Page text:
So it's a surprise to find him at the helm of "BAADASSSSS!," a compelling account of his father's struggle to make a radical and socially conscious African-American movie. Though by no means radical itself, "BAADASSSSS!" is very much anti-establishment. It shows times have not changed all that much since Hollywood cold-shouldered Van Peebles' father, Melvin, for trying to make a picture that depicted black life as seen through the eyes of those who lived it.
His idea, completed in 1971 as "Sweet Sweetback's Baadasssss Song," [see Rental Unit, pg. 40] turned out to be as successful as it was provocative. About a black man who goes after Whitey with a vengeance, it's credited as the first blaxploitation flick, part of the larger exploitation genre that came to be known as Quentin Tarantino's film library. The independently produced "Sweetback" preceded "Shaft" and all the jive-talking motion pictures that followed, though none quite carried its social statement.
To this day it's difficult to name more than a few mainstream films that have offered a realistic portrayal of black life in urban America. "Boyz in the Hood" and "Menace to Society" are always the first that come to mind. So do "Juice" and "New Jack City," but there isn't much further to dig.
At the beginning of the '70s, such movies were unthinkable. Melvin Van Peebles was one of only a few black directors, and, though the film doesn't reveal this, he was originally hired out of the French Cinema Center in Paris because his employers thought they'd happened on a new French auteur. They had no idea he was black. Upon his arrival in Hollywood he was immediately put to work making the racial farce "Watermelon Man."
"BAADASSSSS!" starts here. It has the same choppy style of the original, and an imaginatively conceived first act that recalls the fanciful work of Spike Jonze and Charlie Kaufman. Playing his father, Van Peebles directs himself through a dreamlike introduction to life in Hollywood at the tail end of the civil rights movement. Blacks and other nonwhite races had long been limited by the industry to embarrassing roles (think "Amos and Andy" and Tonto from "The Lone Ranger").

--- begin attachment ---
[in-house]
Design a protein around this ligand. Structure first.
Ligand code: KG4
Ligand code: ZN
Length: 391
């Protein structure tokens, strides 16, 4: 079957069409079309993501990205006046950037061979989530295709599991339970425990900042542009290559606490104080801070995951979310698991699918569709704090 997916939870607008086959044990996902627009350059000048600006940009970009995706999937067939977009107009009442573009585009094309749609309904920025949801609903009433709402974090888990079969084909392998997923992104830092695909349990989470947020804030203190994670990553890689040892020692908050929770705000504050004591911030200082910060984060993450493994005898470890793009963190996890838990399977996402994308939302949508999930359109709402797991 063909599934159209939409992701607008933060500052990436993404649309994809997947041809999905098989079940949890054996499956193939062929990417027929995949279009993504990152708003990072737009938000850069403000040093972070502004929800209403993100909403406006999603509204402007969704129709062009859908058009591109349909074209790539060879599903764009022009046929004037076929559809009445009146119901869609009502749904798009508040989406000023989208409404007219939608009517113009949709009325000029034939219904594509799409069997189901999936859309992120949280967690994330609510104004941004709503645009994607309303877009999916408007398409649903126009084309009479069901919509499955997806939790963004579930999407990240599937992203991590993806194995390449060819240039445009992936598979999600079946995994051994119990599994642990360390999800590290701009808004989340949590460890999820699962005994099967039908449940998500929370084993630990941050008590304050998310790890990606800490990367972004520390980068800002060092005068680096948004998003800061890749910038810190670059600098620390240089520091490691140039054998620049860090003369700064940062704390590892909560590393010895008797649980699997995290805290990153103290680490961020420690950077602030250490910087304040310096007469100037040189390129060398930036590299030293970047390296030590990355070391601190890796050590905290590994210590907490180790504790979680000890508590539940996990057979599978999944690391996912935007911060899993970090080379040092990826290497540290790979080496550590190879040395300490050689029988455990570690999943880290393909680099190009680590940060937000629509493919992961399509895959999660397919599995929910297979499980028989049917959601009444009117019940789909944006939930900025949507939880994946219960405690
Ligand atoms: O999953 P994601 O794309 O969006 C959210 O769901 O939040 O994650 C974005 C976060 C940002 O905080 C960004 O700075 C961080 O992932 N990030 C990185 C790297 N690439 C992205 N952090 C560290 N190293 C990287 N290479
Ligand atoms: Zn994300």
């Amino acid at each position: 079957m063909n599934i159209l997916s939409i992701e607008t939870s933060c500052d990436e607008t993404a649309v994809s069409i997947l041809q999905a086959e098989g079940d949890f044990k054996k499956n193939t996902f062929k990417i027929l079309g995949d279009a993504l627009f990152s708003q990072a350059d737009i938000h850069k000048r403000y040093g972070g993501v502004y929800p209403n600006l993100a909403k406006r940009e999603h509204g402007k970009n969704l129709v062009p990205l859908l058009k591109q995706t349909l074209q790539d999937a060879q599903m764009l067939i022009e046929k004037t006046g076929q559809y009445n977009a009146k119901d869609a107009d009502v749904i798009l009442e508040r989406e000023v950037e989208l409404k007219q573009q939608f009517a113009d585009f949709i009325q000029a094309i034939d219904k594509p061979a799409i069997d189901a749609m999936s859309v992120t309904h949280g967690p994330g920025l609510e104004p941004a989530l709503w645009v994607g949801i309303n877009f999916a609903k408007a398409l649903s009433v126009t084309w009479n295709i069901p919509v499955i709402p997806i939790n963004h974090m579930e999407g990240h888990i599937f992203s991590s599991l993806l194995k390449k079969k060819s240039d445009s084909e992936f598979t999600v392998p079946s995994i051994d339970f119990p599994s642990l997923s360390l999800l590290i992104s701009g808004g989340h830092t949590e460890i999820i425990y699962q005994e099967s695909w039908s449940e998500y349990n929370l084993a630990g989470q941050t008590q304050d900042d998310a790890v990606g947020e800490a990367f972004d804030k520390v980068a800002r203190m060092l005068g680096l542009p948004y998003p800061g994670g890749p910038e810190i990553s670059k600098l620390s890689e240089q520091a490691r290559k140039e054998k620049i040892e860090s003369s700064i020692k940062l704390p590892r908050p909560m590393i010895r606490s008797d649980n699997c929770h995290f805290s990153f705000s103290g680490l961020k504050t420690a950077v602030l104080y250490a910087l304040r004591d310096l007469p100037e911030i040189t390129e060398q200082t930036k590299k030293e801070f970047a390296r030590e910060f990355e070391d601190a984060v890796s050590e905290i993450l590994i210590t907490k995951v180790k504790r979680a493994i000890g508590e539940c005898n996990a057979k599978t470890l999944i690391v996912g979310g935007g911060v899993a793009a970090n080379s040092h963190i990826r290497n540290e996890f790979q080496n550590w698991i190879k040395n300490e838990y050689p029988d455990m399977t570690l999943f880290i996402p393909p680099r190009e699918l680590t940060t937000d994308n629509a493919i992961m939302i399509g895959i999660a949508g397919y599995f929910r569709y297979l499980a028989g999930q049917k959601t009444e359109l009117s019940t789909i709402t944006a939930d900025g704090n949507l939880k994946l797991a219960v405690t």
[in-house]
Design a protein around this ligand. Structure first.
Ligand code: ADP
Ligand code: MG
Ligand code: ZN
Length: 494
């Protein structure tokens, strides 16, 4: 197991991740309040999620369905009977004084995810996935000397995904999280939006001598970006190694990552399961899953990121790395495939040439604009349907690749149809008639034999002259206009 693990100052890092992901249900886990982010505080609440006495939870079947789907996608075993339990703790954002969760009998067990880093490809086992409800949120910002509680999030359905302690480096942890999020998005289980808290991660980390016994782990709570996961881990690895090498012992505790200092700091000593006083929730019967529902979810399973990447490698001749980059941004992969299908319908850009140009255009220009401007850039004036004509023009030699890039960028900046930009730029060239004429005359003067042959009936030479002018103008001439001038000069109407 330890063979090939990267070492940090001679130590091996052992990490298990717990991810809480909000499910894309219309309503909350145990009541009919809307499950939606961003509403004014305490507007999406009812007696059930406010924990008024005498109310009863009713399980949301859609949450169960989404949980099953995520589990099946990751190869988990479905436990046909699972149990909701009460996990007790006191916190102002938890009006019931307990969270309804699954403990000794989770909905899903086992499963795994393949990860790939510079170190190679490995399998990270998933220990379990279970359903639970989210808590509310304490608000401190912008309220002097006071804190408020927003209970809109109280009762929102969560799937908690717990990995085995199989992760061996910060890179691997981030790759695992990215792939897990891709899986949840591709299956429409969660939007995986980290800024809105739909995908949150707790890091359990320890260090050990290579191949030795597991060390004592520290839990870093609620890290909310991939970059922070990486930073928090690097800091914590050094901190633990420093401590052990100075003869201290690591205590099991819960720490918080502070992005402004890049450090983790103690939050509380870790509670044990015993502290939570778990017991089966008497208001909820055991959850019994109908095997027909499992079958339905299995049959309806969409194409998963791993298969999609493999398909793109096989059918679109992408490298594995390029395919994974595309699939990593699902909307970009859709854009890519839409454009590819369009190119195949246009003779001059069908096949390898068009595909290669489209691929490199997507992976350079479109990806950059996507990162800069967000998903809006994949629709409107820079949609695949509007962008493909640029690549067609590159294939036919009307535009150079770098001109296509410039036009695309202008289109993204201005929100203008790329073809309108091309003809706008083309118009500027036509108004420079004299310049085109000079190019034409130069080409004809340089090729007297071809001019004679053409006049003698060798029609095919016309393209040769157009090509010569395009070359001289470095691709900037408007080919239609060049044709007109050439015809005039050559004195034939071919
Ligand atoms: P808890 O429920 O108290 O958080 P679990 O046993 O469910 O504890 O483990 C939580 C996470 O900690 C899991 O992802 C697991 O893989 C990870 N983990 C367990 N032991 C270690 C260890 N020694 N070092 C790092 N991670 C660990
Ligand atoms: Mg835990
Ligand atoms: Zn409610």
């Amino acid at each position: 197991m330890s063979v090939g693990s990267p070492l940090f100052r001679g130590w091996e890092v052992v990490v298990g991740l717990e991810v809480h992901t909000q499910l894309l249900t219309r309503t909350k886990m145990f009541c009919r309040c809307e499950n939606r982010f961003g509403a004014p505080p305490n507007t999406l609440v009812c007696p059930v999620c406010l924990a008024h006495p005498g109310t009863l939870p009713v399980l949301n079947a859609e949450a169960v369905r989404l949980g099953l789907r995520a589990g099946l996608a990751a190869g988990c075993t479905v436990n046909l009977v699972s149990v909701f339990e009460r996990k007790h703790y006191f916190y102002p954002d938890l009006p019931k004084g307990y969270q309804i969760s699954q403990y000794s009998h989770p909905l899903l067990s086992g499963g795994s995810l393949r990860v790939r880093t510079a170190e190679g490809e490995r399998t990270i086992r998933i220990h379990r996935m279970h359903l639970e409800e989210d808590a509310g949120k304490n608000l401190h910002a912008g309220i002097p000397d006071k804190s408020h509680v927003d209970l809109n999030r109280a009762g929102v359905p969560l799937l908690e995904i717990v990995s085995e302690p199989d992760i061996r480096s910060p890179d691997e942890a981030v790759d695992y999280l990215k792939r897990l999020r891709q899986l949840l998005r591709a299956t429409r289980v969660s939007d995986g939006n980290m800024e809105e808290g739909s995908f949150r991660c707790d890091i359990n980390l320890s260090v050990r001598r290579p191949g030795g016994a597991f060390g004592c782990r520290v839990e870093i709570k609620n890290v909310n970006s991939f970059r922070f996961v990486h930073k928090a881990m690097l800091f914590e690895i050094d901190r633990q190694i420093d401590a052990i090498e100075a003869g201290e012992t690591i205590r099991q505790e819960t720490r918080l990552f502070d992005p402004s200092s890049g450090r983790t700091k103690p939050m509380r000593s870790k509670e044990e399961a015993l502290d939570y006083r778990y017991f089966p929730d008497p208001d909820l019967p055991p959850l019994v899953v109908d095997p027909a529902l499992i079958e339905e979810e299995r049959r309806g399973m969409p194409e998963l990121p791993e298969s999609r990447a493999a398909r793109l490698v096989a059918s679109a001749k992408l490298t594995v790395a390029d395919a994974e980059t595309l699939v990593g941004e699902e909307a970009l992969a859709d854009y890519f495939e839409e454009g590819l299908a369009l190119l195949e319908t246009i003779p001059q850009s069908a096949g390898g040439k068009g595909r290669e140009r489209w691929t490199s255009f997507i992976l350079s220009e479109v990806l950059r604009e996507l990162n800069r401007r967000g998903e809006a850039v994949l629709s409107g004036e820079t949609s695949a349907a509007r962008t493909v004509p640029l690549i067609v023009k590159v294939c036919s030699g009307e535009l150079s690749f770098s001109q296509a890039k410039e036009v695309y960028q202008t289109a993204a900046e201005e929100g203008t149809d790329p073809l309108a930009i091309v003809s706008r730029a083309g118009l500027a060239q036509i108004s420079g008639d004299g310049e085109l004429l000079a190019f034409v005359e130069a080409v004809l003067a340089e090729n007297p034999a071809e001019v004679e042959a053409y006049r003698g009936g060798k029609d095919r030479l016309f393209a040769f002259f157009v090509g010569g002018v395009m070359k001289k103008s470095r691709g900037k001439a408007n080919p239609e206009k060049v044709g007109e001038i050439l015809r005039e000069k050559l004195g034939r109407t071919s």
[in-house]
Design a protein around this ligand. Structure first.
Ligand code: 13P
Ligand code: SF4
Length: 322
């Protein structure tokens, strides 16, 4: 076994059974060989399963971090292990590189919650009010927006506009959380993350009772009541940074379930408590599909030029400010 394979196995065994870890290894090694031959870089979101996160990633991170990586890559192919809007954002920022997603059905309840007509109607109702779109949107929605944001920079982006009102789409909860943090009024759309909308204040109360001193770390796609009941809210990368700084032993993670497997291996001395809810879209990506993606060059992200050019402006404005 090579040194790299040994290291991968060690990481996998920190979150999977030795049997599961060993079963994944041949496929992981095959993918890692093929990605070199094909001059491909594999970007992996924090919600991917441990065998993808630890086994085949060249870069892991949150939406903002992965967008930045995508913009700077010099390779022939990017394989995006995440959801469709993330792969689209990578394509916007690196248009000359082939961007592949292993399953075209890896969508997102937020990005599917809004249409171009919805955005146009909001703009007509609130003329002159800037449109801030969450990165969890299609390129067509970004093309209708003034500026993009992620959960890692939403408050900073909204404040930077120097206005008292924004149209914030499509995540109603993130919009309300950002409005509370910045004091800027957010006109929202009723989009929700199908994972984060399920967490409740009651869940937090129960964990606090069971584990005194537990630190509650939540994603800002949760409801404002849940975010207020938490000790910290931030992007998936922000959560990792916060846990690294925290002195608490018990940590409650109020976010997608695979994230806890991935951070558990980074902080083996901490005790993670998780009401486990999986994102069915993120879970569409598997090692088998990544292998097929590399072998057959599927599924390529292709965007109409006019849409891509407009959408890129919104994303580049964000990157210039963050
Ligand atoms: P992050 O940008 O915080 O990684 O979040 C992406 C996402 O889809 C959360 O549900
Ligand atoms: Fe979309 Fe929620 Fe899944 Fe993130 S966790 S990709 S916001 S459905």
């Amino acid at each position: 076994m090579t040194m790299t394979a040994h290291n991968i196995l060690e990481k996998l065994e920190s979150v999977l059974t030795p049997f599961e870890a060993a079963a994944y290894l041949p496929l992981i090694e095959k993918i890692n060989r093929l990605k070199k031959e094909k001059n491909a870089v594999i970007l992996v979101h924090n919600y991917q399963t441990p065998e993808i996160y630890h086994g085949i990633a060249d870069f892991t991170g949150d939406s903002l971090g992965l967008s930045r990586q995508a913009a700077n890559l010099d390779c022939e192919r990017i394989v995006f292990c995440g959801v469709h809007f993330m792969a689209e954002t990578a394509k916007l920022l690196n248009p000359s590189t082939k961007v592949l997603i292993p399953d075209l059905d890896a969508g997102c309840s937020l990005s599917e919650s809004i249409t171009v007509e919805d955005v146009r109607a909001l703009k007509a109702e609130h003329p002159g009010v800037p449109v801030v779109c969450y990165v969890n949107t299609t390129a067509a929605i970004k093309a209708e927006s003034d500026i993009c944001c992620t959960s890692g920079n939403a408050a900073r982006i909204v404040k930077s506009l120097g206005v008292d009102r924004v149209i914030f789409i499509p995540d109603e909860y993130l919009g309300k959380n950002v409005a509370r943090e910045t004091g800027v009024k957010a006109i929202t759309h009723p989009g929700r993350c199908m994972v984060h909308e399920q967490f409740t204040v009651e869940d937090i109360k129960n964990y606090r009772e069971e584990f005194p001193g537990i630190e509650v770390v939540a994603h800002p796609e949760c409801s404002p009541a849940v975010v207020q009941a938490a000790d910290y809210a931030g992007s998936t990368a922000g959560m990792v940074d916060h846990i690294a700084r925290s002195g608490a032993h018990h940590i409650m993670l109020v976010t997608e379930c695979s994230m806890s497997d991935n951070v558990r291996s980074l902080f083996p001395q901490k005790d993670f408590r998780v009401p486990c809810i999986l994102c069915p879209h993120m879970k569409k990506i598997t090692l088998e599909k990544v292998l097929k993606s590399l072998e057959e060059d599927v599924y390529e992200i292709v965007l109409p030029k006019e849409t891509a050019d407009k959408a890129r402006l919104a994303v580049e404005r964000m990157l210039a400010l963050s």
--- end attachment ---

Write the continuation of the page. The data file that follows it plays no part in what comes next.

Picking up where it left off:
As the father struggles to write a "serious" follow up to "Watermelon Man," we're bombarded with rapid-fire images of oppression and upheaval pulled from archival film and television footage, coupled with fake documentary-style interviews and the interior monologue of Melvin's contemplative struggle to, as he puts it, "film all the faces Norman Rockwell never painted." The style is effective, and Van Peebles does a nimble job of keeping the mood light while immersing us in an agitated time and the restless mind of a black filmmaker confined in a safety zone by The Man.
As "BAADASSSSS!" progresses, events gradually become more linear and the film settles down to the rhythm of a typical biopic. Various characters, including a former porn producer eccentrically played by David Alan Grier, alternately provide comic relief and glimpses at the personal hardships it took to get "Sweetback" made. Portraying his father as a cigar-chomping, workaholic maverick (who almost lost sight in one eye during production), Van Peebles manages to refrain from displaying him in too favorable a light. Nor does he offer easy answers to the tough question faced by his father during filming, like whether to put his then 13-year-old son Mario in a nude sex scene.
The film has its problems, notable casting blunders and occasional reliance on the cliches of a mock documentary to move the story along. But it's an entertaining historical picture about a series of events not very well known to the general public. (It's especially neat to learn the project discovered the funk band Earth, Wind & Fire and was saved from bankruptcy by Bill Cosby.) Mario Van Peebles won't change the world with this film. But "BAADASSSSS!" is a worthy homage to his father's movie-making dreams. *** S"BAADASSSSS!" is tentatively scheduled to open at the Westhampton Theater Friday, July 16.
Letters to the editor may be sent to: firstname.lastname@example.org